Thursday, January 6, 2011

Nvidia is building its own CPU!!!

This is HUGE news!! Nvidia today announced Project Denver at CES, an ARM-based CPU core manufactured by Nvidia which will be integrated into the GPU. This high-end GPU/CPU chip will provide the killer platform for real-time path tracing and will pave the way for truly real-time (30fps, 1080p) path traced games with photorealistic quality graphics.

Bill Dally, chief scientist at Nvidia, already hinted that future GPUs from Nvidia will be incorporating ARM-based CPU cores on the same chip as the GPU. Now it's official (Project Denver will first appear in the Maxwell GPU, see! There's an interesting blog post from Bill Dally on Some paragraphs which are relevant to GPU ray tracing/path tracing:
"As you may have seen, NVIDIA announced today that it is developing high-performance ARM-based CPUs designed to power future products ranging from personal computers to servers and supercomputers.

Known under the internal codename “Project Denver,” this initiative features an NVIDIA CPU running the ARM instruction set, which will be fully integrated on the same chip as the NVIDIA GPU. This initiative is extremely important for NVIDIA and the computing industry for several reasons.

NVIDIA’s project Denver will usher in a new era for computing by extending the performance range of the ARM instruction-set architecture, enabling the ARM architecture to cover a larger portion of the computing space. Coupled with an NVIDIA GPU, it will provide the heterogeneous computing platform of the future by combining a standard architecture with awesome performance and energy efficiency."

"An ARM processor coupled with an NVIDIA GPU represents the computing platform of the future. A high-performance CPU with a standard instruction set will run the serial parts of applications and provide compatibility while a highly-parallel, highly-efficient GPU will run the parallel portions of programs."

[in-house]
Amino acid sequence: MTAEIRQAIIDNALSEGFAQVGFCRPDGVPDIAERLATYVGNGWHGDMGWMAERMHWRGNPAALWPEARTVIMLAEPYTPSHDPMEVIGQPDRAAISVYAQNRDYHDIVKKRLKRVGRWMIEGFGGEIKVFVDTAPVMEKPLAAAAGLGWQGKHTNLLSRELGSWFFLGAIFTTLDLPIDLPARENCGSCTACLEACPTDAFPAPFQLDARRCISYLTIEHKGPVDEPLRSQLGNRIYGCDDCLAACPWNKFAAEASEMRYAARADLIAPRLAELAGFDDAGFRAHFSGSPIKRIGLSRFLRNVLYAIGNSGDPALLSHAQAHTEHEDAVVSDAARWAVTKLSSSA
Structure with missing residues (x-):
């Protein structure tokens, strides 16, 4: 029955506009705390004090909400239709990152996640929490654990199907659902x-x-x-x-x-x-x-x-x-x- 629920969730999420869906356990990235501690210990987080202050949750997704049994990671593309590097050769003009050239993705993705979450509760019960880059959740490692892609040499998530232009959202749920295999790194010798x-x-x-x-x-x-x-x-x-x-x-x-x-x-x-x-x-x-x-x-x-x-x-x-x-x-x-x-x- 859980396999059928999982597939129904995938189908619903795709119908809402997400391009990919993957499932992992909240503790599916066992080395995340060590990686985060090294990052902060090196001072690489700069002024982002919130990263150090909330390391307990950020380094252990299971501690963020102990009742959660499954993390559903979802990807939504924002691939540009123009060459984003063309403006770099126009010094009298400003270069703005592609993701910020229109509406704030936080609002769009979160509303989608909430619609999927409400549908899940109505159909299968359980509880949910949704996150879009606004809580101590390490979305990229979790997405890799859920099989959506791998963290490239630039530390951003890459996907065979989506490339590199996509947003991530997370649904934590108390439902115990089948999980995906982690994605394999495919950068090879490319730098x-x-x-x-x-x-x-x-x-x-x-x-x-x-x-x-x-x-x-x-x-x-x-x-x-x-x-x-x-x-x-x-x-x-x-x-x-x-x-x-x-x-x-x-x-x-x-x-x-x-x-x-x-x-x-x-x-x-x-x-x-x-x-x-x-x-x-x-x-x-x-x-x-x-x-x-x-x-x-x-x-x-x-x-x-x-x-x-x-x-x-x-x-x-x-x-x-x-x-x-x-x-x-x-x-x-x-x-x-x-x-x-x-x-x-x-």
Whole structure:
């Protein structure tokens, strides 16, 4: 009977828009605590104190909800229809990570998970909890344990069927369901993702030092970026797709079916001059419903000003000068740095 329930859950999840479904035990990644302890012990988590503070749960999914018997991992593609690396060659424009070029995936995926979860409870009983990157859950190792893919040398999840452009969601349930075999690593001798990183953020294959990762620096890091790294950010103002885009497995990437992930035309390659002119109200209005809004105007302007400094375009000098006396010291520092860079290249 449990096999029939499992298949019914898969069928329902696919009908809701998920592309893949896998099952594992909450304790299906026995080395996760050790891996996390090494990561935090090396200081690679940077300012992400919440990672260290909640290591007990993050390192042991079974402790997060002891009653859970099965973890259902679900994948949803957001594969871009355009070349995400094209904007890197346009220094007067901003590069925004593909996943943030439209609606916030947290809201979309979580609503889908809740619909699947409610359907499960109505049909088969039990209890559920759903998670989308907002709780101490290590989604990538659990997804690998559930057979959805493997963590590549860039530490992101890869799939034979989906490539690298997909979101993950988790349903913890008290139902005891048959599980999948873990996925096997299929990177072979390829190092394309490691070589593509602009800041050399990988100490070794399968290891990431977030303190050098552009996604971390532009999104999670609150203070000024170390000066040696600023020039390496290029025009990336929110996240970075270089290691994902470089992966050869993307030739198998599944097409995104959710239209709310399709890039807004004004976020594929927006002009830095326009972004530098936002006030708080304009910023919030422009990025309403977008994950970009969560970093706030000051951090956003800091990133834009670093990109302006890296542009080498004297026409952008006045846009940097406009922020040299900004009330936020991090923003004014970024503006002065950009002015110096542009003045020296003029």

I wonder what Intel's and AMD's answer will be. High-end versions of Fusion and Sandy Bridge/LRB/Knight's Ferry? Either way, it's clear that all of "the big 3" are now pursuing CPU/GPU hybrid chips. Bidirectional path tracing, Markov chain Monte Carlo rendering methods (such as Metropolis light transport and ERPT) and photon mapping will benefit enormously in performance on these hybrid architectures because, being partially sequential, these algorithms are par excellence an ideal match for these hybrid chips (but with clever parallellization tricks they can already run fast on current GPUs, see MLT on GPU and photon mapping on GPU). Very complex procedural shaders will run much faster and superfast acceleration structure rebuilding (which is inherently sequential but can be parallellized to a great extent) will allow real-time ray tracing of thousands and even millions (see HLBVH paper by Pantaleoni and Luebke) of dynamic objects simultaneously. GPU and CPU will share the same memory pool, so no more slow PCIe transfers needed. Project Denver is in essence exactly what Neoptica (a think tank group of top graphics engineers acquired by Intel in 2007) had in mind ( The irony is that Neoptica's vision was intended for Larrabee, but now it's Nvidia that will make it real with the Denver project.

With Nvidia soon producing its own CPUs, competition will become fierce. From now on, Nvidia is not just a GPU company anymore, but is targetting the same PC crowd as Intel and AMD. The concepts of "GPU" and "CPU" will slowly vanish in favor of hybrid architectures, like LRB, Fusion and future Nvidia products (Keppler/Maxwell???). And there is also Imagination Technologies which will incorporate hardware accelerated ray tracing in PowerVR GPUs. Exciting times ahead! :-)

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